The federal government uses Exemption 6 to withhold from disclosure personnel, medical and other records, the release of which it deems an invasion of privacy.
Under Exemption 6, an agency may withhold “personnel and medical files and similar files the disclosure of which would constitute a clearly unwarranted invasion of personal privacy.”1 In appealing an Exemption 6 withholding, you can 1) contest the agency’s assertion that the records at issue constitute “personnel and medical files and similar files,” 2) argue there is little or no significant privacy interest in the records, and 3) argue that to the extent there is any privacy interest in the records, it is outweighed by the public interest in their release.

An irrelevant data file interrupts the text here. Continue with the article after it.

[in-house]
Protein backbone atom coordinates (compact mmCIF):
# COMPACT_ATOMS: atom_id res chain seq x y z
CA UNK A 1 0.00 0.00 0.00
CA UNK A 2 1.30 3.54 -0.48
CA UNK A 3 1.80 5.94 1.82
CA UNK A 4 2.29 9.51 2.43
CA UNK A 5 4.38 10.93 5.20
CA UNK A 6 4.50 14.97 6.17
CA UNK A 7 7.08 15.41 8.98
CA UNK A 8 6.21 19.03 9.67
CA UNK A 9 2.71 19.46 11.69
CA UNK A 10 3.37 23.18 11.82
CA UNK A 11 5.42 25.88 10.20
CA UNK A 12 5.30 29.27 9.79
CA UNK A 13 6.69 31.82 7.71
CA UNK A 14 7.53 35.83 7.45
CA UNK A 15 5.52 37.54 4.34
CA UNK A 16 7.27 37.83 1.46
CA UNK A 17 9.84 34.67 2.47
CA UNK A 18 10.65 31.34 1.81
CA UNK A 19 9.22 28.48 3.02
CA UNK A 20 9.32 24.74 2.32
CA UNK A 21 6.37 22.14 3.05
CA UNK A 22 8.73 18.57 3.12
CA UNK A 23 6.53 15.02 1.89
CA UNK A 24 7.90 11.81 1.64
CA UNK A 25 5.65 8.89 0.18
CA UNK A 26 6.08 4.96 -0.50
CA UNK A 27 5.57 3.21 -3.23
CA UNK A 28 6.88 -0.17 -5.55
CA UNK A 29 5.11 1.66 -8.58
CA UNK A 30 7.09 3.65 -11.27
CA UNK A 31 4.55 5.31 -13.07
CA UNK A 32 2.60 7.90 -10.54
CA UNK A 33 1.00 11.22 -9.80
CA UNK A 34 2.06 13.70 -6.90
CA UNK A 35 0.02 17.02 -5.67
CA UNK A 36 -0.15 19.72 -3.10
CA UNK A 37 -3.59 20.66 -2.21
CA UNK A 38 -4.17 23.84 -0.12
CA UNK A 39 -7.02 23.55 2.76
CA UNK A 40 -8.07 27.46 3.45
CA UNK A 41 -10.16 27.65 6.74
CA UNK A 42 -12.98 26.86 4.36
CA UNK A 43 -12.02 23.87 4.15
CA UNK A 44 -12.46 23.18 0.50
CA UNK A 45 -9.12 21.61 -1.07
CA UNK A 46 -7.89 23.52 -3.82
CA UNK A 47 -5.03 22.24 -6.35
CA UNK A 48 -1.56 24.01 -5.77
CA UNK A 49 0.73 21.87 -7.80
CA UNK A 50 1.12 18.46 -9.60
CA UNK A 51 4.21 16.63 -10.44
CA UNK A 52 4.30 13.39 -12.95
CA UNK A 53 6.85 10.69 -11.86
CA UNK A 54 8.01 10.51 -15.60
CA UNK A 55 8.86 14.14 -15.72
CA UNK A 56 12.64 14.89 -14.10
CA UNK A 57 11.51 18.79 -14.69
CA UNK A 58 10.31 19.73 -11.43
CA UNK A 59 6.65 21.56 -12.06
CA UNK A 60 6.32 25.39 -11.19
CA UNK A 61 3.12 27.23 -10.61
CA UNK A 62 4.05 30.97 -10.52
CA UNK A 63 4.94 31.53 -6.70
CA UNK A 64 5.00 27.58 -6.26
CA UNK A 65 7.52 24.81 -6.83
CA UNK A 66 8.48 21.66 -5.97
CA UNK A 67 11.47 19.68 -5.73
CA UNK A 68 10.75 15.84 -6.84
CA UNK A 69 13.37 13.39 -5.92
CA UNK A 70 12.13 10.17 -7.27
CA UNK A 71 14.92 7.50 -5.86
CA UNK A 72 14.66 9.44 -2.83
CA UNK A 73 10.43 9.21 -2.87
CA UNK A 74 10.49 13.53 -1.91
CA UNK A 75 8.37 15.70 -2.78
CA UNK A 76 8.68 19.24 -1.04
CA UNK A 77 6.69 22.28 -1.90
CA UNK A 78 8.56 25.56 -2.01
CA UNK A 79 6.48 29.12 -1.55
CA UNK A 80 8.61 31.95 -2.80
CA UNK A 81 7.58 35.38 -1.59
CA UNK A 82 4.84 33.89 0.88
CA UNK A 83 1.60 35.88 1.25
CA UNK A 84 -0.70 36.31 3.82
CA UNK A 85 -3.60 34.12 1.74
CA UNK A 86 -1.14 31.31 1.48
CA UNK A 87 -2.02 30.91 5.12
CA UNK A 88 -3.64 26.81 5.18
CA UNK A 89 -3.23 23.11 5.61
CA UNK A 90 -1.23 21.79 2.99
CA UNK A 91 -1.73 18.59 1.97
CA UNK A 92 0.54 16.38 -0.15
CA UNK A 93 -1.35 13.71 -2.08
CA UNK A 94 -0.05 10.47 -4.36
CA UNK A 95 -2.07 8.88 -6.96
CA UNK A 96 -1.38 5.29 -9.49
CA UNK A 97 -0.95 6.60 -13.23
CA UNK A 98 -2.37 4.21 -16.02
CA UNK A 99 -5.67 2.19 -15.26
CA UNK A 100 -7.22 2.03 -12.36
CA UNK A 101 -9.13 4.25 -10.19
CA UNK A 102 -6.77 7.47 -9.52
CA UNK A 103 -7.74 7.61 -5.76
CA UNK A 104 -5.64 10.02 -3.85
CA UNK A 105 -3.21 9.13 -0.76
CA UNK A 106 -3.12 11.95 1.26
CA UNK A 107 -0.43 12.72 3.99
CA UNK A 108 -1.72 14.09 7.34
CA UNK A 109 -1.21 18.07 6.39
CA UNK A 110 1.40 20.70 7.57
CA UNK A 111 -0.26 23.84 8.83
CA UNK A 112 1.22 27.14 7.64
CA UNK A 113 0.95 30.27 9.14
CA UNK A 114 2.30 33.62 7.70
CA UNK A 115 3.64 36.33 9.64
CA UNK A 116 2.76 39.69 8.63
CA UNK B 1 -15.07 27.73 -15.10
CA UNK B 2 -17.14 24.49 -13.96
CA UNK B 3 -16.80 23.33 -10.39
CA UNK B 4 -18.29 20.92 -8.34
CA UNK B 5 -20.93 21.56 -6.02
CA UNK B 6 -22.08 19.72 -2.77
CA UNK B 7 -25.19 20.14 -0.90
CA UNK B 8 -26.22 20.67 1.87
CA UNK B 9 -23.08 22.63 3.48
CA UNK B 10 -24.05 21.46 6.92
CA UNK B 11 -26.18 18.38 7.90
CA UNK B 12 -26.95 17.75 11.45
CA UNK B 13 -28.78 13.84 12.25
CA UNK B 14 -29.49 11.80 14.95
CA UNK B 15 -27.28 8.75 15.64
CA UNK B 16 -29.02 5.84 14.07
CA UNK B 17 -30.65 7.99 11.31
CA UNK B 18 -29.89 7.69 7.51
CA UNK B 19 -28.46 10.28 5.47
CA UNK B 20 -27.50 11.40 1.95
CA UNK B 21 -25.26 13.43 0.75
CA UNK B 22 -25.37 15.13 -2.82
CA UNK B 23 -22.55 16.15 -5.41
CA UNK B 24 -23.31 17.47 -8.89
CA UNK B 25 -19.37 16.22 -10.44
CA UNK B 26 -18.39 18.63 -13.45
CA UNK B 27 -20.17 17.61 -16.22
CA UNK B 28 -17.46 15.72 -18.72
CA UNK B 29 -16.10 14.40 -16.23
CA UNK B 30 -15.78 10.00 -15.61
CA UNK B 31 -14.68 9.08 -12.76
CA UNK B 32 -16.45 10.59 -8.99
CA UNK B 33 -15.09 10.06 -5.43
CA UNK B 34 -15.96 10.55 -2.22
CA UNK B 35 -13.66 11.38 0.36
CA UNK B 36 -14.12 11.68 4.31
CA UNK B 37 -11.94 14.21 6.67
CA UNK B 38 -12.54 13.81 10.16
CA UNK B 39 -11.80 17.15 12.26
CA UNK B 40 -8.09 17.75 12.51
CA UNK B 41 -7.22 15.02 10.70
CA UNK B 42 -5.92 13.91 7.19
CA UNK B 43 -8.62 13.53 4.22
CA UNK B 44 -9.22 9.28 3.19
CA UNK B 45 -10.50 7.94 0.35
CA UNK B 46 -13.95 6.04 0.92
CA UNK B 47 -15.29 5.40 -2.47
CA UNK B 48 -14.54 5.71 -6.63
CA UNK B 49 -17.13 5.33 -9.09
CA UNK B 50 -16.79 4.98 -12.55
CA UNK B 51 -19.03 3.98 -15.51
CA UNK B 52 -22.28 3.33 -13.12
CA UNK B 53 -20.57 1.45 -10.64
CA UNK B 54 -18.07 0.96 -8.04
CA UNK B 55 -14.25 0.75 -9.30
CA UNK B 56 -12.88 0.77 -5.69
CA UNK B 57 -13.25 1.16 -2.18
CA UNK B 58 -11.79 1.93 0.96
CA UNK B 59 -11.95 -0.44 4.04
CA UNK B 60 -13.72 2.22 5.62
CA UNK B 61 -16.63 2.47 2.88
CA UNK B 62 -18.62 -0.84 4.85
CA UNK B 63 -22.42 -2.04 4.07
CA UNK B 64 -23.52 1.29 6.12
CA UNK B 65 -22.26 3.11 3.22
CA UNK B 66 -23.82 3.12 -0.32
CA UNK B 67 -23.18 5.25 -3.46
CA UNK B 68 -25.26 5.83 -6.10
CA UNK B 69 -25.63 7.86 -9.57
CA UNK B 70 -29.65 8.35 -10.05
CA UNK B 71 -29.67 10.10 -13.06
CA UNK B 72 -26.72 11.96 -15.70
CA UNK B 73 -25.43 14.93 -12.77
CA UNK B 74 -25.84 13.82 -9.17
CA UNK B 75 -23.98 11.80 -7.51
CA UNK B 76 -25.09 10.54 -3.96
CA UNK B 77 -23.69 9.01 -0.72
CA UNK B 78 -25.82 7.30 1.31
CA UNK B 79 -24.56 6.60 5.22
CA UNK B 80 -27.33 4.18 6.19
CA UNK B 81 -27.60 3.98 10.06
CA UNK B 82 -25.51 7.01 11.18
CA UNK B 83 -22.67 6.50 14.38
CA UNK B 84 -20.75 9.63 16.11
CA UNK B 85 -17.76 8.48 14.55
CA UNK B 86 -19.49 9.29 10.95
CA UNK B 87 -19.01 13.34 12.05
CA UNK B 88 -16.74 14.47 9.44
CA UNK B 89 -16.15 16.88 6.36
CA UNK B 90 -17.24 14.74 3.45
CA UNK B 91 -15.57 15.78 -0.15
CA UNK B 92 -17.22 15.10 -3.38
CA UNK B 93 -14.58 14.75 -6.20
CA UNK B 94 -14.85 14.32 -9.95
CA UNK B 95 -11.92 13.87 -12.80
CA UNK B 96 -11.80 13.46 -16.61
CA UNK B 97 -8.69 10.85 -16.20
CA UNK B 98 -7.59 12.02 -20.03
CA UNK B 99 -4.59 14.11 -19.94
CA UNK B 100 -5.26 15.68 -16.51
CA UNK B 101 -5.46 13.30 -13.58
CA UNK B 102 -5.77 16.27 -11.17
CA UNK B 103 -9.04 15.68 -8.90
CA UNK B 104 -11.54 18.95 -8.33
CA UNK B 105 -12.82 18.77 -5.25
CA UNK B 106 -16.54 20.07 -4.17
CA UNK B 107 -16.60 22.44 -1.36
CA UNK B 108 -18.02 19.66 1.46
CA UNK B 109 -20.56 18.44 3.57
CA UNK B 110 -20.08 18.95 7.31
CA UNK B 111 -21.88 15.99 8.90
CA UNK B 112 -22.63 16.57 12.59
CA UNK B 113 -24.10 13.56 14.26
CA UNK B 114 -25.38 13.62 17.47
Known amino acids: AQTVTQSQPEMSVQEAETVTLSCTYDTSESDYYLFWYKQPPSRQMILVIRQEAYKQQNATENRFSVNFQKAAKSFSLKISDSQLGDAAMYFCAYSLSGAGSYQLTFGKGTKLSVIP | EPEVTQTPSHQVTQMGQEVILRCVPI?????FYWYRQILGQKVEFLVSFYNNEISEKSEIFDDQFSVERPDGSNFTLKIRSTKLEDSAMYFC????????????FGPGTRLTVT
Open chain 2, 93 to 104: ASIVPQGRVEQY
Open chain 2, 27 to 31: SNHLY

In personal privacy cases under FOIA, courts essentially balance an individual’s privacy right in a record — should one be found to exist — against the public interest in disclosure of the record, so you should be prepared to argue why the privacy right is minimal (or non-existent) and the public interest in disclosure is strong.
1 5 U.S.C. § 552(b)(6).